The cap limits the number of aeroplanes in the circuit for one runway, controlled by one air traffic controller. This was originally set at six. After consultation with GAAP aerodrome users through a series of workshops in late 2009 this cap was raised to eight (effective 18 January 2010).  If two runways and two controllers are available then the total number of aeroplanes in the circuit is limited to 16. The figures were calculated on the average speed and rate of climb of typical training aircraft normally operating in the circuit at these six aerodromes.  In general, the effect of the cap will be to reduce the peak density of traffic, rather than to reduce the total possible number of movements.  The cap does not apply to helicopter movements.  The cap itself is considered a temporary measure while other initiatives to manage the identified risks are developed, assessed and implemented.

When will Class D airspace be introduced?

CASA anticipates requiring Class D air traffic services at the six GAAP aerodromes during the hours of daylight by 3 June 2010. The Class D airspace classification will be based on United States Federal Aviation Administration procedures.

Did CASA consult and properly notify the aviation industry about the GAAP changes?

There was considerable consultation with the relevant sections of the aviation industry during the reviews and studies carried out into GAAP operations.  Questionnaires were made available to GAAP aerodrome users including air traffic controllers, workshops were held at each aerodrome and there were meetings with key parties such as Airservices Australia, airport operators and flying schools.  A total of 264 responses were received to the questionnaire and Ambidji held hazard identification workshops at all GAAP aerodromes.  Prior to the GAAP changes being put in place, CASA wrote to all pilots announcing the package of measures and asking for feedback.  Notification of the changes was also made via visits to operators, phone calls, emails and postings on the CASA website.  Since the changes were implemented in late July 2009, CASA has held meetings with pilots and other interested parties, issued education and training material and published on-line information. A series of workshops was also held at each aerodrome to discuss the circuit cap with pilots, operators and other parties.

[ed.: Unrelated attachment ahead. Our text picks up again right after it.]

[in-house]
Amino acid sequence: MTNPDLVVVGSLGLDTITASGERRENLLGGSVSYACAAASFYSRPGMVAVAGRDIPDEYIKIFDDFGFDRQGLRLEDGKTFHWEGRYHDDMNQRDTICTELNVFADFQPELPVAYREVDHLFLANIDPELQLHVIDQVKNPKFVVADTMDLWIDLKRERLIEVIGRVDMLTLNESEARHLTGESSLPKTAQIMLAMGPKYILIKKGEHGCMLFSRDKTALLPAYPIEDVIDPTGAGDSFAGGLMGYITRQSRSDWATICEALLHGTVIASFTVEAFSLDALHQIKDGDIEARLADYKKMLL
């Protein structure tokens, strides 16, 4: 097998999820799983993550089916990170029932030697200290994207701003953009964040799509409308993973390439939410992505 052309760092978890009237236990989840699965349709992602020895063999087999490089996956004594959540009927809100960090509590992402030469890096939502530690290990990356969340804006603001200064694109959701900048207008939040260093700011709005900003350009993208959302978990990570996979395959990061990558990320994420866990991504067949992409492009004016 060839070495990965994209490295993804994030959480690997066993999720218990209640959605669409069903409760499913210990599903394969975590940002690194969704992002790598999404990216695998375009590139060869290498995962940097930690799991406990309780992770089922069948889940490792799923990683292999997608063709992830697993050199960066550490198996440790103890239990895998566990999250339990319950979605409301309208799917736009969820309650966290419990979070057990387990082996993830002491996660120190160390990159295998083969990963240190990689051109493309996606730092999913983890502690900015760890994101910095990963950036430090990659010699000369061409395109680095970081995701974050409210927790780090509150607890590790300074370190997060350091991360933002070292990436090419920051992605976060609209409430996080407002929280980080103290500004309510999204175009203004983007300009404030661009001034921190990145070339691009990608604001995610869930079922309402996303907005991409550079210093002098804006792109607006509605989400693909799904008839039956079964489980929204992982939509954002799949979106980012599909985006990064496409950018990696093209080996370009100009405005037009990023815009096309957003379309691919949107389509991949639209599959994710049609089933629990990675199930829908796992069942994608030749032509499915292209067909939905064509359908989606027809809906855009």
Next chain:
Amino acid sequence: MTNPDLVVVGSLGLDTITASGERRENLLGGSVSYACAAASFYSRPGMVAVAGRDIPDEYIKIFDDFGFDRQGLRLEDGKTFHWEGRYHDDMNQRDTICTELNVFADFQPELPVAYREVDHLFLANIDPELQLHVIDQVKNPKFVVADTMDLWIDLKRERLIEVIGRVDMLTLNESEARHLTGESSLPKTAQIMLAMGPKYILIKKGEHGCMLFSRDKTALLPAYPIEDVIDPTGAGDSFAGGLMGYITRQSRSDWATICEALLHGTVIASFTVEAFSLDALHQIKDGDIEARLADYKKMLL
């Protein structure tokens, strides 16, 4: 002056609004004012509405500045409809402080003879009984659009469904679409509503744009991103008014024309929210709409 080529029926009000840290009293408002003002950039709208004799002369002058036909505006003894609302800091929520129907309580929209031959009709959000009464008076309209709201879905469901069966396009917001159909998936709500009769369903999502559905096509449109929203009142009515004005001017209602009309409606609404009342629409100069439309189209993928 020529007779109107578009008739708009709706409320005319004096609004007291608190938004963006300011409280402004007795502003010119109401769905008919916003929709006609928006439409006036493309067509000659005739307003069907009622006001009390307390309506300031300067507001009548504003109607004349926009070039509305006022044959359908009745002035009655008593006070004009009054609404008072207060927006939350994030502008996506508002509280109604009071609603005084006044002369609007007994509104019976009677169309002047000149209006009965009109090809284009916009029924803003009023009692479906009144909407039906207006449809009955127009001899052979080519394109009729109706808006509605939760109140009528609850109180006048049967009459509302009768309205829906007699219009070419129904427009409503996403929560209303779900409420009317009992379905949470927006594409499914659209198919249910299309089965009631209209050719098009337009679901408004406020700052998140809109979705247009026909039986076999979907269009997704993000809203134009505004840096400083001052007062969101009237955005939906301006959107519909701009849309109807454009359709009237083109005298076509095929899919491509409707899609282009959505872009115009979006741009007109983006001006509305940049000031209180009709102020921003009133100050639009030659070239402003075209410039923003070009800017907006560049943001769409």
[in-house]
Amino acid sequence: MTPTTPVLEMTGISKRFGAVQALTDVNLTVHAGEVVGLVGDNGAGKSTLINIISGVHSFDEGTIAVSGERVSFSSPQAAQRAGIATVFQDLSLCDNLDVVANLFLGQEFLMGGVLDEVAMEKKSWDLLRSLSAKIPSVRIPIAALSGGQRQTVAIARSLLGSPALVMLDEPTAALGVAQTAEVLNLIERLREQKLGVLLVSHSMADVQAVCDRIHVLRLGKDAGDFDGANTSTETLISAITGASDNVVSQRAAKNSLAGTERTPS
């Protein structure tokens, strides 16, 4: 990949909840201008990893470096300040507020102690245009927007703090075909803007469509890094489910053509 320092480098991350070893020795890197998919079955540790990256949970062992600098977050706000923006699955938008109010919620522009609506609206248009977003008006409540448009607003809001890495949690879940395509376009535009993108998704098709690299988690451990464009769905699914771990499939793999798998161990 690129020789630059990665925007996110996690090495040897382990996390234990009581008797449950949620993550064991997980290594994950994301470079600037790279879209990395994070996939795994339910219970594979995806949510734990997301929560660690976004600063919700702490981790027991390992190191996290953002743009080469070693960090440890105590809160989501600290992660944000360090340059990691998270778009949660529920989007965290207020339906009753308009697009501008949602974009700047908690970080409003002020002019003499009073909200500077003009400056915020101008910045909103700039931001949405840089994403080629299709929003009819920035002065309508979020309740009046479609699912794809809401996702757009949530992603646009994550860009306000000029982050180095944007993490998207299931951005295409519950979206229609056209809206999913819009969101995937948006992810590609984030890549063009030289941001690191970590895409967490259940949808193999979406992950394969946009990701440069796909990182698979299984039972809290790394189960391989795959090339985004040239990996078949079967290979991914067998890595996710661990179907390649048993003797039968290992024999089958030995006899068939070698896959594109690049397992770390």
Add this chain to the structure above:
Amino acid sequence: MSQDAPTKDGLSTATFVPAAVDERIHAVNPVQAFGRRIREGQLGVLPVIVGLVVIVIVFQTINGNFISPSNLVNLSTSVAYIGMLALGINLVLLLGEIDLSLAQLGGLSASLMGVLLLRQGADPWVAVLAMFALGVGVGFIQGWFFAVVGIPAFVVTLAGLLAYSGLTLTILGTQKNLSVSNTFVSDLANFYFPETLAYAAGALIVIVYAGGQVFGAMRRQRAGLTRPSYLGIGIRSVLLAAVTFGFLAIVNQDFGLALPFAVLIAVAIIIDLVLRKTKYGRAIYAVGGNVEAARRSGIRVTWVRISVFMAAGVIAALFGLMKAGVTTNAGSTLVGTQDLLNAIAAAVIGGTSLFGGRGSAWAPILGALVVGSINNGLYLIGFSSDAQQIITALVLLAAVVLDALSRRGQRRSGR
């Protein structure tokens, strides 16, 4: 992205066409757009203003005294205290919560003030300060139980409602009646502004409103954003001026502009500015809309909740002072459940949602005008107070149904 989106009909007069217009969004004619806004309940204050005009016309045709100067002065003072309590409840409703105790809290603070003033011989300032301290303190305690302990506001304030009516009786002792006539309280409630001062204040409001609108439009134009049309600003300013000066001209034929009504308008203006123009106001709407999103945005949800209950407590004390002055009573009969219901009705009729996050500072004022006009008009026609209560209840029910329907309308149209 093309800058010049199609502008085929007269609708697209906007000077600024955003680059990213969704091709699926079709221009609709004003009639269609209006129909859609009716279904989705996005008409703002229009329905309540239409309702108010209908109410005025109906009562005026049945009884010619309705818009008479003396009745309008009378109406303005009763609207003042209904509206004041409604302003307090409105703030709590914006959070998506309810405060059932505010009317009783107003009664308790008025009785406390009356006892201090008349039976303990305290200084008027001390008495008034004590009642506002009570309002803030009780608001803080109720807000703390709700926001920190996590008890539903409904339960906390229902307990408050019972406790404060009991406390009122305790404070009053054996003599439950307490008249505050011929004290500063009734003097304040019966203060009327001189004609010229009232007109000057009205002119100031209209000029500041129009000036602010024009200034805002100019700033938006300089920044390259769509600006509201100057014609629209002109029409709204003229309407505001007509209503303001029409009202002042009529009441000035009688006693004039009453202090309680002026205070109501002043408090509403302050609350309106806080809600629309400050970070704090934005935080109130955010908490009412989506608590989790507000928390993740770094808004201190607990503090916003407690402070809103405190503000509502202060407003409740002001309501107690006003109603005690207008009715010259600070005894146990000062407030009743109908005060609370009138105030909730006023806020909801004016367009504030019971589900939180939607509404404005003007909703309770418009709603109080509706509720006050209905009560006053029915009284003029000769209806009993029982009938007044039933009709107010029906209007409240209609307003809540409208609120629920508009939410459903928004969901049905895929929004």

What did the review of GAAP training find?

The review by CASA of the training being provided at GAAP aerodromes found a number of issues of concern.  These included a lack of understanding of the role of air traffic control in a GAAP control zone, shortcomings in the teaching and assessment of situational awareness and a deficiency in the use of standard operating procedures.  The standardisation issues were found both within flying schools and between the GAAP aerodromes.  People involved in flying training at or near GAAP aerodromes were interviewed for the training review, with data analysed to determine the level of training in, and knowledge of, GAAP procedures.  Additionally, the degree of standardisation in the practical application of GAAP training within flying schools was assessed.  The key findings indicated a greater emphasis on teaching and assessing situational awareness is required.  The review is available on the CASA website.  CASA has already released some training and educational material, and more is being developed